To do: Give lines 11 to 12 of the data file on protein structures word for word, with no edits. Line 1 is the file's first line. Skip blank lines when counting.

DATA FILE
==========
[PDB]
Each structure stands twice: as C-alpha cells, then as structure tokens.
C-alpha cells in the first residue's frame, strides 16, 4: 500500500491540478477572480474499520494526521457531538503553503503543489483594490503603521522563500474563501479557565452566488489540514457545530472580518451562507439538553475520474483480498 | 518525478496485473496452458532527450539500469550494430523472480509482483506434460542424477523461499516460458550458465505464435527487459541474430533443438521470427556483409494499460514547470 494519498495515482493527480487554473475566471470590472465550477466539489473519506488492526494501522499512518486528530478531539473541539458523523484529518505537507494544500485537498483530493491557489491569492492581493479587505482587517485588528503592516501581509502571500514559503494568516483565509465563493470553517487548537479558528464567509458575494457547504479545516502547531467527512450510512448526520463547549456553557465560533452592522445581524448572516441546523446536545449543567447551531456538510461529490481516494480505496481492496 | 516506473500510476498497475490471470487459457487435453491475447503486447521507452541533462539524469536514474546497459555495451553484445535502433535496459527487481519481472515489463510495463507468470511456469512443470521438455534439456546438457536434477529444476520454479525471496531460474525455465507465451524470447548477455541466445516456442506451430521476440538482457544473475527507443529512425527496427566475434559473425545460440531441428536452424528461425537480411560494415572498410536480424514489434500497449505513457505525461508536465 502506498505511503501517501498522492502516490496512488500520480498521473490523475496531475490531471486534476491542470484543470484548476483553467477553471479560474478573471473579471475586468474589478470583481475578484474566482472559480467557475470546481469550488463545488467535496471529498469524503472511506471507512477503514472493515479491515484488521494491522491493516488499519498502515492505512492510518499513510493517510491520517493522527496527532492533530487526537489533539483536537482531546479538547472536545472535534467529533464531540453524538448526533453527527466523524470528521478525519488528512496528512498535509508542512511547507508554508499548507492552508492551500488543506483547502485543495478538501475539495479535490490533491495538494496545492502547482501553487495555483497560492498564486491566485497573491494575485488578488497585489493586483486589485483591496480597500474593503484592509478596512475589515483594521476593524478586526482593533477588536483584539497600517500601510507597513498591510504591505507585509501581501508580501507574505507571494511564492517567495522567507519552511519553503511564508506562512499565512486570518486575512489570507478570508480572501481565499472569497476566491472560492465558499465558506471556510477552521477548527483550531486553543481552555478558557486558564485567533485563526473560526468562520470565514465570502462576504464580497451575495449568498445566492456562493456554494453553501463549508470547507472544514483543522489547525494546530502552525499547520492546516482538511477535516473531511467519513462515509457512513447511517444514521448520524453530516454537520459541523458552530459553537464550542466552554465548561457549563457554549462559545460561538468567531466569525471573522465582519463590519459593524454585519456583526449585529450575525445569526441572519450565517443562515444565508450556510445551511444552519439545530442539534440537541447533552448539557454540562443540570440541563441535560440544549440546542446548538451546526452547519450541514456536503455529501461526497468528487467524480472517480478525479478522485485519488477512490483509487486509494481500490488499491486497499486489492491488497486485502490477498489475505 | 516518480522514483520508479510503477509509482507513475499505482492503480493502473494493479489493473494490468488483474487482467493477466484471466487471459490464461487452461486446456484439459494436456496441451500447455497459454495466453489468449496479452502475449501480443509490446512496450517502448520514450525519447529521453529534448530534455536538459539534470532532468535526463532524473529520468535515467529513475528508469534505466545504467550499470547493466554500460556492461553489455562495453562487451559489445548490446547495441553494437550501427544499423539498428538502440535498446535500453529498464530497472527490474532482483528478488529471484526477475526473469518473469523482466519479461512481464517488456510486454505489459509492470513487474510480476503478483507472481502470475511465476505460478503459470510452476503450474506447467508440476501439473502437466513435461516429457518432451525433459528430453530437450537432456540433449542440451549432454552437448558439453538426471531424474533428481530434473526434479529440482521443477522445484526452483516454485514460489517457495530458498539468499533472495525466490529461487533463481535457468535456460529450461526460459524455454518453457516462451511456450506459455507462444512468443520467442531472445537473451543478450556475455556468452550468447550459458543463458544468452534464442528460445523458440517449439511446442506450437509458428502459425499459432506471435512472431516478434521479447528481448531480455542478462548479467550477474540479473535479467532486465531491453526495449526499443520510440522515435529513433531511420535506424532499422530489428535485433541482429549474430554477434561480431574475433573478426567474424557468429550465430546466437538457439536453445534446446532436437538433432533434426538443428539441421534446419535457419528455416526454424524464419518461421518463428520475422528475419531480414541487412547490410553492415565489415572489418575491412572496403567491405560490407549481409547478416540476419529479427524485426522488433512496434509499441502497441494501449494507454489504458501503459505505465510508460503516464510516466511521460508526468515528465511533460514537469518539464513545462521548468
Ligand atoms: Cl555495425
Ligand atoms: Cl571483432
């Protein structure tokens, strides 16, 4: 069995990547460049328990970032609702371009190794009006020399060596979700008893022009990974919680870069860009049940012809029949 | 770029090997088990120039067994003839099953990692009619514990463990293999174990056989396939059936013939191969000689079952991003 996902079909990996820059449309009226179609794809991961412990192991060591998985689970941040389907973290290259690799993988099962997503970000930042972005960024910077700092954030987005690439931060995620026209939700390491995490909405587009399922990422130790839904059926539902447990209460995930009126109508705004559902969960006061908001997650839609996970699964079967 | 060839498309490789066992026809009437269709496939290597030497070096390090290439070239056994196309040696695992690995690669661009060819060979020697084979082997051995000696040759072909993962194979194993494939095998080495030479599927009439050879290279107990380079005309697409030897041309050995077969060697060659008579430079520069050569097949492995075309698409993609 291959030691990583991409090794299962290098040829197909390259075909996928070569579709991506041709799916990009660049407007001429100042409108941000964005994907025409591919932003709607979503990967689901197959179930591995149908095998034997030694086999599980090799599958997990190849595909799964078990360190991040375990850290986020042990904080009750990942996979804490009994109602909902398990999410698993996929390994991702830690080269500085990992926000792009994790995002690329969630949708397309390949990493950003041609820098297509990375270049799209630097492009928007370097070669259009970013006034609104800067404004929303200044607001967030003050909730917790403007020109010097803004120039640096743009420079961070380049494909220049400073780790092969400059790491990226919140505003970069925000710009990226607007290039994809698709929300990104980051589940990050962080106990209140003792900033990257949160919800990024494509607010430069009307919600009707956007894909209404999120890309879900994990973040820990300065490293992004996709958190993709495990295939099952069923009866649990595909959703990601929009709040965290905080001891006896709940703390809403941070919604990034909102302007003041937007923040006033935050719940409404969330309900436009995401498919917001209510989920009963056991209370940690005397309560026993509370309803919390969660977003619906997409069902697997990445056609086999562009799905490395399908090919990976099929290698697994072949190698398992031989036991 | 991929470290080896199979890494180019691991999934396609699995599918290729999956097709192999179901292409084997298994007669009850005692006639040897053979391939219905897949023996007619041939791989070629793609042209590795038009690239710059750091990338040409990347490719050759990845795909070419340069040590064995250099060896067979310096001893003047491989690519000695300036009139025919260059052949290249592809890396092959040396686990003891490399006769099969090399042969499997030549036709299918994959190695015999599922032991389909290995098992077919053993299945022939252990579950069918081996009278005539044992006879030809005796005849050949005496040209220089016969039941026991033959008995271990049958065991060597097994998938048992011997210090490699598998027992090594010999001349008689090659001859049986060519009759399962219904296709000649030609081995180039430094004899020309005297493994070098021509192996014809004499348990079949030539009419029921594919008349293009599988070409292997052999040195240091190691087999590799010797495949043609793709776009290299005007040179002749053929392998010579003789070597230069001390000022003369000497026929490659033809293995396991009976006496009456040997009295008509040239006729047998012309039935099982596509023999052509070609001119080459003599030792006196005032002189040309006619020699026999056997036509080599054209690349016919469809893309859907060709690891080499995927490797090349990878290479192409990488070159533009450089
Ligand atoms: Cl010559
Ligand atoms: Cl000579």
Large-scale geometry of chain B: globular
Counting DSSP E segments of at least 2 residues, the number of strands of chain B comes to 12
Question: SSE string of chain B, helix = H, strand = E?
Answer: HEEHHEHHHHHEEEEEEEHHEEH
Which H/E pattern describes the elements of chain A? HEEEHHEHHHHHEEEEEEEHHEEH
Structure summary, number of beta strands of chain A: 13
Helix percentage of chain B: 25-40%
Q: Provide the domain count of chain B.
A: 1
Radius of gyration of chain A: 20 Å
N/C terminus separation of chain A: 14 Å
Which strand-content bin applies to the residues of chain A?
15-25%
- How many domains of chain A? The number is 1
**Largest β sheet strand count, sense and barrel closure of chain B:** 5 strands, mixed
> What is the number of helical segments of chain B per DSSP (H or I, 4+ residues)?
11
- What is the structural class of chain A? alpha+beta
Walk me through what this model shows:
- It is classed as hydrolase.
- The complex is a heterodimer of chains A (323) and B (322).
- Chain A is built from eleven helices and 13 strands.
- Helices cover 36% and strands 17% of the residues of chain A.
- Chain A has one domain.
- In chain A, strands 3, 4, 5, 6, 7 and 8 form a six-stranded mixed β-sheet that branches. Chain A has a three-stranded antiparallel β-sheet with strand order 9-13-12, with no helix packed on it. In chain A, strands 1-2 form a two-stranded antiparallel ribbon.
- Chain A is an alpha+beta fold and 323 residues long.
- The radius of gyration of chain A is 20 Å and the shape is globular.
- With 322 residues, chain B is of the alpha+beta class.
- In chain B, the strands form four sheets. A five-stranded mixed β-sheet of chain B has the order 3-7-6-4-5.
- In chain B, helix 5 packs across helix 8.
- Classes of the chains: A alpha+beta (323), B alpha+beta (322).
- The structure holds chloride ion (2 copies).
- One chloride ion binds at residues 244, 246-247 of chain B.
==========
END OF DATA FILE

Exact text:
Question: SSE string of chain B, helix = H, strand = E?
Answer: HEEHHEHHHHHEEEEEEEHHEEH